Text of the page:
The peoples of Madagascar are renowned for the prominence they give to the dead. In this edited volume, regional specialists reassess the significance of ancestors for changing relations of power, emerging identities, and local historical consciousness.
Case-studies include The Royal Bath of 1817 (Pier Larson), Succession in an Urbanized Sakalava Kingdom (Lesley Sharp), The Antankaraìa Ritual Cycle (Michael Lambek, Andrew Walsh), Nineteenth-Century Norwegian Missionary Culture (Karina Hestad Skeie), Sacrifice on the East Coast (Jennifer Cole), Violence among the Zafimaniry (Maurice Bloch), and Circumcision and Colonialism in the South (Karen Middleton).
Three further chapters present original research on slavery, memory, and cultural politics in the Highlands (Sandra Evers, David Graeber, Françoise Raison-Jourde). Diversity and complexity make this volume a valuable addition to the literature on ritual and religion.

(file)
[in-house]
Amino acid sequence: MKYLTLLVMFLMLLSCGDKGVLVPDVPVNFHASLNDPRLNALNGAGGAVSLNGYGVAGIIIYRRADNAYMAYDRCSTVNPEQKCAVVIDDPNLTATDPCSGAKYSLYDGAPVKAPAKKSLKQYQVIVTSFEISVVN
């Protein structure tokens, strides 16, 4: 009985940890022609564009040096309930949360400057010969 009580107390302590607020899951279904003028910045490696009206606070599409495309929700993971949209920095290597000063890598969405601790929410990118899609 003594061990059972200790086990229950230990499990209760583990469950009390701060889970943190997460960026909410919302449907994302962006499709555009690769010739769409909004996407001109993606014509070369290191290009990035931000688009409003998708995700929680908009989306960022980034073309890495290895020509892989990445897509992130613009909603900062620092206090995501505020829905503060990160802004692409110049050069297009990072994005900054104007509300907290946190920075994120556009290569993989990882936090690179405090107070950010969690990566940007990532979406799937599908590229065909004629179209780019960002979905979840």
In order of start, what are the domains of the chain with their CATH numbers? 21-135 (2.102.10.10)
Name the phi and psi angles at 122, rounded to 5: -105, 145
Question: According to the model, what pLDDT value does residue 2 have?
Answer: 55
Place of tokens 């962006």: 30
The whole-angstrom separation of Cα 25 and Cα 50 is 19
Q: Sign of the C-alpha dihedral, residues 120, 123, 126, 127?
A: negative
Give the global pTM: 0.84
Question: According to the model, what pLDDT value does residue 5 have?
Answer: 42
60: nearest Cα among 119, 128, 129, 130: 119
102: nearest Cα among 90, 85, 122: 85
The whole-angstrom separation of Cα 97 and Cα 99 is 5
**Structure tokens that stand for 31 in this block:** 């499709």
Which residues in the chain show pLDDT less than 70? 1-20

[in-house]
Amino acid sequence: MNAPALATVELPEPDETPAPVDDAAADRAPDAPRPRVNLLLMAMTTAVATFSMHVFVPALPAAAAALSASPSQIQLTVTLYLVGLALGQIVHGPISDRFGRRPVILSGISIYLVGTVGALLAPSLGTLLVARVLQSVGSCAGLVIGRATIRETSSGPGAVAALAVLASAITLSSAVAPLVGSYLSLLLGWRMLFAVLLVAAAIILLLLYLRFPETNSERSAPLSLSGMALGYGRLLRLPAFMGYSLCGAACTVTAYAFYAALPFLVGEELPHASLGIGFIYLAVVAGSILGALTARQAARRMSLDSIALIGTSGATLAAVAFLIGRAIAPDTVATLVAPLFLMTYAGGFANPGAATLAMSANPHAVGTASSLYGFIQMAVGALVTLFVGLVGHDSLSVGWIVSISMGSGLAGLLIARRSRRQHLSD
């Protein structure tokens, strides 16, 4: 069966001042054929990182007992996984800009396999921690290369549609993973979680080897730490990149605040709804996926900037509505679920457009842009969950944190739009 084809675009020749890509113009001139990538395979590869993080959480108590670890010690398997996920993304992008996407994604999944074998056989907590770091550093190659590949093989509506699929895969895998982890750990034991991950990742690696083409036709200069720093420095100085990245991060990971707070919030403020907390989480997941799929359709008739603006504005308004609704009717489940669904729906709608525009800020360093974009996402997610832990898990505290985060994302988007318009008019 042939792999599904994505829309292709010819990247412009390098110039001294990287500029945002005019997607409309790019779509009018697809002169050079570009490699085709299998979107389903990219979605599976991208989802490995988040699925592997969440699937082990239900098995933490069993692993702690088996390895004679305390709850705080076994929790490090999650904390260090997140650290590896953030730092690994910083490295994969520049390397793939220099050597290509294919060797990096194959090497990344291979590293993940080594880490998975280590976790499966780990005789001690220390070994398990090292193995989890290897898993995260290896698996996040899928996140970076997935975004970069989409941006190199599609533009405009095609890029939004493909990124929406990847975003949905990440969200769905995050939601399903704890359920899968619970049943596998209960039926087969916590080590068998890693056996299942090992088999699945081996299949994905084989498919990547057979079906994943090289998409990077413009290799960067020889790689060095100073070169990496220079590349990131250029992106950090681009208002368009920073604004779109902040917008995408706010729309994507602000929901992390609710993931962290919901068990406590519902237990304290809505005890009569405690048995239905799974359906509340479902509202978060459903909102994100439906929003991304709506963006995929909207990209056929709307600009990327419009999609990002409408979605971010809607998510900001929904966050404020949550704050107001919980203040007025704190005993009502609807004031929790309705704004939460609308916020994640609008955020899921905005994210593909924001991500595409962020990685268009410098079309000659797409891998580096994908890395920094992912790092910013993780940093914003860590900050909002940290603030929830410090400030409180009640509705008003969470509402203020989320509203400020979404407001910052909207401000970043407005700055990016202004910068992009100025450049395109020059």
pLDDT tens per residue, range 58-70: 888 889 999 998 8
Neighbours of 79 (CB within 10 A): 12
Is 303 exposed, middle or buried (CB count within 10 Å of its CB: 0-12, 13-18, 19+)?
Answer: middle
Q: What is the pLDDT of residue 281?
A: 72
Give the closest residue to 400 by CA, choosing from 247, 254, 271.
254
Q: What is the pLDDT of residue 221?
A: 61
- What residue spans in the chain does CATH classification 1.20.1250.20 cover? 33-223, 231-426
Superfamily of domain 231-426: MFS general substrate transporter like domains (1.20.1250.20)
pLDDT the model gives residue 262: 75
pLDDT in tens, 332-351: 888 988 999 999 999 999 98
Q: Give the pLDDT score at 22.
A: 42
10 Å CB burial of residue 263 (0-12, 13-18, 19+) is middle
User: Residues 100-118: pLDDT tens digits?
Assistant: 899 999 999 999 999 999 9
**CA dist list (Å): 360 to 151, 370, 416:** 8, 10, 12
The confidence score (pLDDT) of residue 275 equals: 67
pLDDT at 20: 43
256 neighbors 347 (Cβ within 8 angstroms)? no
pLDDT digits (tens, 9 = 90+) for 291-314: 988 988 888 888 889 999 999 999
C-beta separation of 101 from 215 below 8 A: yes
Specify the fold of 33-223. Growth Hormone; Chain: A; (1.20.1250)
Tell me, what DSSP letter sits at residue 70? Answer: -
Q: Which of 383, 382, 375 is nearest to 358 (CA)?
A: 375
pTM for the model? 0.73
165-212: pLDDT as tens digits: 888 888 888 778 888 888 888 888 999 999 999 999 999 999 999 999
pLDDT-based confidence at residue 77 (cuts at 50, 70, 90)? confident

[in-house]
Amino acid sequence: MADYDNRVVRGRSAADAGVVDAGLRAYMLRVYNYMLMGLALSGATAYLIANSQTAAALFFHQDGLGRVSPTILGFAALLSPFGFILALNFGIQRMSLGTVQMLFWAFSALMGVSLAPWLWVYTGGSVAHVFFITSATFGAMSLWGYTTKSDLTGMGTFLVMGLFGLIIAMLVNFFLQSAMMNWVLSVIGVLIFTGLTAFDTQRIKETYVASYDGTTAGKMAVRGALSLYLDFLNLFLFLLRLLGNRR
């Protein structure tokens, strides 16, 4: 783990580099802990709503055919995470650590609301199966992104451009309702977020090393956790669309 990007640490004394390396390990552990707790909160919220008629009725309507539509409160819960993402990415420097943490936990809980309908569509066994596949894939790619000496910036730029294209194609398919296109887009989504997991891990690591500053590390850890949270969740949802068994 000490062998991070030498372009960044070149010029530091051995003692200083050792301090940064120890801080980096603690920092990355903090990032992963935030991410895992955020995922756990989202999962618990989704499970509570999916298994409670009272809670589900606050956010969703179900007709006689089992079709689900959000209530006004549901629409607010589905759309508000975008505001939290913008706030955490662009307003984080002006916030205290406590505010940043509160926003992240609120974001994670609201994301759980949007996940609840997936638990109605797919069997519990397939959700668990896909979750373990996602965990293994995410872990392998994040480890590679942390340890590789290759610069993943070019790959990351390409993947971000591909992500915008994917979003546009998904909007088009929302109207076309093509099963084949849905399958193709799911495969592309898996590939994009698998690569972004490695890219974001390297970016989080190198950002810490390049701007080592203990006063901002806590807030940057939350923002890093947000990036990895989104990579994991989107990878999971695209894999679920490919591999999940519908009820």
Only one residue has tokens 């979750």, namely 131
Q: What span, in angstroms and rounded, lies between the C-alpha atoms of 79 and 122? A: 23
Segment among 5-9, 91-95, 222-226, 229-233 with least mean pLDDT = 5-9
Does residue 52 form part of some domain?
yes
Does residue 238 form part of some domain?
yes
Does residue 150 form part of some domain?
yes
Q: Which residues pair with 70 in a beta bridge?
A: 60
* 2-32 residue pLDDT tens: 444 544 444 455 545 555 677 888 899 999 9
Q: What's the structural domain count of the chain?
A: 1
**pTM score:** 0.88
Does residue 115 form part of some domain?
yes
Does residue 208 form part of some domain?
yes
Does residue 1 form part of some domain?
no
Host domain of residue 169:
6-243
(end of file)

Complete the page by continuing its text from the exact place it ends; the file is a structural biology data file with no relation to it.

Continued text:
Karen Middleton, D.Phil. (1988) in Anthropology, University of Oxford, is the author of several articles on the culture and history of the Karembola of southern Madagascar.
This volume reinforces the argument for discarding the myth of the "Malagasy Kingdom" and the traditional obsession with te Marina.' Gwyn Campbell,
African Studies Review.
The book will appeal to all those interested in anthropology, cultural studies, social history, comparative religion and ritual, politics and social identity, as well as Madagascar and African Studies.